But can this detailed kind of phenomenon really be used as the basis for doing fundamentally more sophisticated computations? To compare the general computational capabilities of continuous and discrete systems one needs to find some basic scheme for constructing inputs and decoding outputs that one can use in both types of systems. And the most obvious and practical approach is to require that this always be done by finite discrete processes.

But at least in this case it seems fairly clear that none of the simple functions shown below can for example ever lead to results that go beyond ones that could readily be generated by the evolution of ordinary discrete systems. And the same is presumably true if one works with essentially any of what are normally considered standard mathematical functions. But what happens if one assumes that one can set up a system that not only finds values of such functions but also finds solutions to arbitrary equations involving them?

With pure polynomial equations one can deduce from results in algebra that no fundamentally more sophisticated computations become possible. But as soon as one even allows trigonometric functions, for example, it turns out that it becomes possible to construct equations for which finding a solution is equivalent to finding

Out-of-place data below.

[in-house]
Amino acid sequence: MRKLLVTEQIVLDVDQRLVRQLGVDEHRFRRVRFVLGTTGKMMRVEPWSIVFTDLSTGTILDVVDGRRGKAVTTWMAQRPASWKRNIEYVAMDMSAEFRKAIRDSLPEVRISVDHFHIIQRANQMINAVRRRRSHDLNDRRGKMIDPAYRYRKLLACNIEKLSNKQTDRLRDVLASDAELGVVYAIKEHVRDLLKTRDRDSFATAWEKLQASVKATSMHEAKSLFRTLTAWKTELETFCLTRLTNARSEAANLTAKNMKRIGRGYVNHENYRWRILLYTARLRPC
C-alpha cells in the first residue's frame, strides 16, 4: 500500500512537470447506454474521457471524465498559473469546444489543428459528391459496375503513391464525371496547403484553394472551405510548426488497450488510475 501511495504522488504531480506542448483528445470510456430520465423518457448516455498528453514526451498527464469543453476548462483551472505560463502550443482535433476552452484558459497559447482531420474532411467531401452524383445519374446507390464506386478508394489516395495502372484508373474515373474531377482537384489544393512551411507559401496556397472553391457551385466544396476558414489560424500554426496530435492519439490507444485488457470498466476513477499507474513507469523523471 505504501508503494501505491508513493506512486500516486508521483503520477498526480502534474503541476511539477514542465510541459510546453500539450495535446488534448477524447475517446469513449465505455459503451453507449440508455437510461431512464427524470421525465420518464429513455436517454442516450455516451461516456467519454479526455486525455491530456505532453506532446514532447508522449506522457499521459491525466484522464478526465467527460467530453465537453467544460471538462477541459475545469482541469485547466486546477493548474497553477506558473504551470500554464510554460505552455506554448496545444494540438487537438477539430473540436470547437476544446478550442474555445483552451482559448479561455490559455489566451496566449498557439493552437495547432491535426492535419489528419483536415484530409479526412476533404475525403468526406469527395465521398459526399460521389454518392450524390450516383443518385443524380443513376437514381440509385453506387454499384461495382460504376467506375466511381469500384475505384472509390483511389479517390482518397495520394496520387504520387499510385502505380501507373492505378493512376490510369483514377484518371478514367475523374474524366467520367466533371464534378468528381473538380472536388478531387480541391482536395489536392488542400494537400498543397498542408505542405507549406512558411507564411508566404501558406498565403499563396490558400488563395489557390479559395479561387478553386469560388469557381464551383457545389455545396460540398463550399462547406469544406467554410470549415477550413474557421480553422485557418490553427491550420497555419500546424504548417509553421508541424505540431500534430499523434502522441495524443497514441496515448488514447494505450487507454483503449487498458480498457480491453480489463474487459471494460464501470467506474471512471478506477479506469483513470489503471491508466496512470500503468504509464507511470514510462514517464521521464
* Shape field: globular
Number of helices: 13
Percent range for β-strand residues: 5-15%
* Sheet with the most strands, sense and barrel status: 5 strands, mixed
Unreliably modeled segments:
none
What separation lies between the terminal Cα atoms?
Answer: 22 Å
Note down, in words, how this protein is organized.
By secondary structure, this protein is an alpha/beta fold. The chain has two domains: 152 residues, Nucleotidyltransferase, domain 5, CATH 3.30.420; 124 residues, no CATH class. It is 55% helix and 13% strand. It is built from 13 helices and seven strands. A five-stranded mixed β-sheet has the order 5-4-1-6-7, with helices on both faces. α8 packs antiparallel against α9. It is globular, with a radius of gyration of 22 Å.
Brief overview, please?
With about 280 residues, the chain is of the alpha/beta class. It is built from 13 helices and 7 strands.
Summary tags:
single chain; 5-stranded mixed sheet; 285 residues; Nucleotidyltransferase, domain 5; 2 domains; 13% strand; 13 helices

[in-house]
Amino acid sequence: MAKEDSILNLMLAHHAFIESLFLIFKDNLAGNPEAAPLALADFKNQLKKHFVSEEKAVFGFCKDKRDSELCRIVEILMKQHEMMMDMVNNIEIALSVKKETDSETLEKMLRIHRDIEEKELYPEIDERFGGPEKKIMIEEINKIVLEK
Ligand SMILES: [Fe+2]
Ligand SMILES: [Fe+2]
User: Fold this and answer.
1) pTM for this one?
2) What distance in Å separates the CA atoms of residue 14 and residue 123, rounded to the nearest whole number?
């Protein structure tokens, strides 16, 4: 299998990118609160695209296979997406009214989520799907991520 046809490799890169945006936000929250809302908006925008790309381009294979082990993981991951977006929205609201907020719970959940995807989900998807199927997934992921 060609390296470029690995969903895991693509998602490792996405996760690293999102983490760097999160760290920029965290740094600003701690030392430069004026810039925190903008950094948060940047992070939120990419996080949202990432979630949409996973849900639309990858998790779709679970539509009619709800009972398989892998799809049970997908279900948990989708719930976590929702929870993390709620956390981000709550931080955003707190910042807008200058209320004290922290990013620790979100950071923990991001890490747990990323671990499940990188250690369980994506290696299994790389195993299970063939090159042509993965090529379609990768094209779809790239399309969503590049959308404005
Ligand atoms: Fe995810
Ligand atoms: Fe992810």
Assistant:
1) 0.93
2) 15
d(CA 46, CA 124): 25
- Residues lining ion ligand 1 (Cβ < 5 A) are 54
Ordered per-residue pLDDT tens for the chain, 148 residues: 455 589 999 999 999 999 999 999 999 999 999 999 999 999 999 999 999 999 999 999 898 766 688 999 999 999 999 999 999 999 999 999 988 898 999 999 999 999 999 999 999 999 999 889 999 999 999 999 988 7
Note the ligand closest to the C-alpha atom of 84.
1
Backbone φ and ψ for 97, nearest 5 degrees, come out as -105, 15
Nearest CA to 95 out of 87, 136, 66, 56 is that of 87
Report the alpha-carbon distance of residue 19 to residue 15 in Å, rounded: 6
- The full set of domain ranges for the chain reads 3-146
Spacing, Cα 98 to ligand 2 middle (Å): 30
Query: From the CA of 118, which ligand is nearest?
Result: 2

Results from mathematical operations on numbers with similar digit sequences. Each successive line in each picture gives the digit sequence obtained by using a value of x in which one successive digit has been reversed. The top row of pictures start from the repetitive base 2 digit sequence of x=3/5; the bottom row of pictures from x=π/4. The lack of coherence between successive digit sequences in each picture reflects the non-locality of mathematical operations when applied to digit sequences.

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From Stephen Wolfram: A New Kind of Science [citation]